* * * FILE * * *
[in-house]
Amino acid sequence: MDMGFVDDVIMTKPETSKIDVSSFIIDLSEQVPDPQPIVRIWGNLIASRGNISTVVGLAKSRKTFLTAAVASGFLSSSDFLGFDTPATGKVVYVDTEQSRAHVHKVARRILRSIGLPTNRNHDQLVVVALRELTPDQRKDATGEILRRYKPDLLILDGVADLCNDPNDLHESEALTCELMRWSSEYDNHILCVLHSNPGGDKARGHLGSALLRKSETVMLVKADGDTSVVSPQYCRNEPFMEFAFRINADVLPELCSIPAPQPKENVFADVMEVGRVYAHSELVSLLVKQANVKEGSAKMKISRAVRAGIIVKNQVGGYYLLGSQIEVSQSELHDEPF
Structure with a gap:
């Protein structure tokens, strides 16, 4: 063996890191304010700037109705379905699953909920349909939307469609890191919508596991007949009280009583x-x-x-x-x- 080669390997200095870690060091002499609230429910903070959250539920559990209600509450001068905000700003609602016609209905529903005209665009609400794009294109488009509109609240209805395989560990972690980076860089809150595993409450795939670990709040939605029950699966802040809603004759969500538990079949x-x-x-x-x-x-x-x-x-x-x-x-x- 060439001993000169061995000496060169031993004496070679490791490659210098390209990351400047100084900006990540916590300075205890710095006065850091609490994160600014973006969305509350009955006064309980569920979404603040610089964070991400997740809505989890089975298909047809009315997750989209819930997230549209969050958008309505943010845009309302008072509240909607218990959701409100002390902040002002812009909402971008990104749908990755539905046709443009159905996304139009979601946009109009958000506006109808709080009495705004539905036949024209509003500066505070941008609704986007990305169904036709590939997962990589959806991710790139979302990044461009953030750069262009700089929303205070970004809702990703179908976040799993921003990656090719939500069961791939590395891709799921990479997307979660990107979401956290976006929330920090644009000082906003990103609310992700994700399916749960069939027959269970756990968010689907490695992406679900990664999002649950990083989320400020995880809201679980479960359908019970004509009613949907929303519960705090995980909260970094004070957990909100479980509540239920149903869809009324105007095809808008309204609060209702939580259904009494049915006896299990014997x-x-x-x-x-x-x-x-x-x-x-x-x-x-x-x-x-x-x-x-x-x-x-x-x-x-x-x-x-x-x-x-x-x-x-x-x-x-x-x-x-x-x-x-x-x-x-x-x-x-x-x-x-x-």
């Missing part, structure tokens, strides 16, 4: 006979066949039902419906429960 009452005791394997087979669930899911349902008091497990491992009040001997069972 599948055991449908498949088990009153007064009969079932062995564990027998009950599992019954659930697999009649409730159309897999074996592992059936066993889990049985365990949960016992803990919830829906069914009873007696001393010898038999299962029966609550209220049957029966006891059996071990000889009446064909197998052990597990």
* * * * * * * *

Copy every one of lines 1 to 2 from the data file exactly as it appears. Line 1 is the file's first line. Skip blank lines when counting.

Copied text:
[in-house]
Amino acid sequence: MDMGFVDDVIMTKPETSKIDVSSFIIDLSEQVPDPQPIVRIWGNLIASRGNISTVVGLAKSRKTFLTAAVASGFLSSSDFLGFDTPATGKVVYVDTEQSRAHVHKVARRILRSIGLPTNRNHDQLVVVALRELTPDQRKDATGEILRRYKPDLLILDGVADLCNDPNDLHESEALTCELMRWSSEYDNHILCVLHSNPGGDKARGHLGSALLRKSETVMLVKADGDTSVVSPQYCRNEPFMEFAFRINADVLPELCSIPAPQPKENVFADVMEVGRVYAHSELVSLLVKQANVKEGSAKMKISRAVRAGIIVKNQVGGYYLLGSQIEVSQSELHDEPF